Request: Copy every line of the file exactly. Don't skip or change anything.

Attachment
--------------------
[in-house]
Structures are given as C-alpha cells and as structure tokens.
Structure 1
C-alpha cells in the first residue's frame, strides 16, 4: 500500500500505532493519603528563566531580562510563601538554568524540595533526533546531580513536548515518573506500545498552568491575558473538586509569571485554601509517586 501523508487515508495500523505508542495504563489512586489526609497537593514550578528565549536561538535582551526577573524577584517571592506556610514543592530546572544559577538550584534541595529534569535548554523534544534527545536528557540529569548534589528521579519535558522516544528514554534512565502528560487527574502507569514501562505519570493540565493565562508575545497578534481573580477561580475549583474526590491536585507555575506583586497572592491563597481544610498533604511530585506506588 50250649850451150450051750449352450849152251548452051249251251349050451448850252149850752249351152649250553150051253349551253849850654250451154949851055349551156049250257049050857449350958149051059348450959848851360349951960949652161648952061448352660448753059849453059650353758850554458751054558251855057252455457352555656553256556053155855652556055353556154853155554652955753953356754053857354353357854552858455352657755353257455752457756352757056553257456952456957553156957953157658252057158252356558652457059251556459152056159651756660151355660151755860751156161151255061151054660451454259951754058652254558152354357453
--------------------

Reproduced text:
[in-house]
Structures are given as C-alpha cells and as structure tokens.
Structure 1
C-alpha cells in the first residue's frame, strides 16, 4: 500500500500505532493519603528563566531580562510563601538554568524540595533526533546531580513536548515518573506500545498552568491575558473538586509569571485554601509517586 501523508487515508495500523505508542495504563489512586489526609497537593514550578528565549536561538535582551526577573524577584517571592506556610514543592530546572544559577538550584534541595529534569535548554523534544534527545536528557540529569548534589528521579519535558522516544528514554534512565502528560487527574502507569514501562505519570493540565493565562508575545497578534481573580477561580475549583474526590491536585507555575506583586497572592491563597481544610498533604511530585506506588 50250649850451150450051750449352450849152251548452051249251251349050451448850252149850752249351152649250553150051253349551253849850654250451154949851055349551156049250257049050857449350958149051059348450959848851360349951960949652161648952061448352660448753059849453059650353758850554458751054558251855057252455457352555656553256556053155855652556055353556154853155554652955753953356754053857354353357854552858455352657755353257455752457756352757056553257456952456957553156957953157658252057158252356558652457059251556459152056159651756660151355660151755860751156161151255061151054660451454259951754058652254558152354357453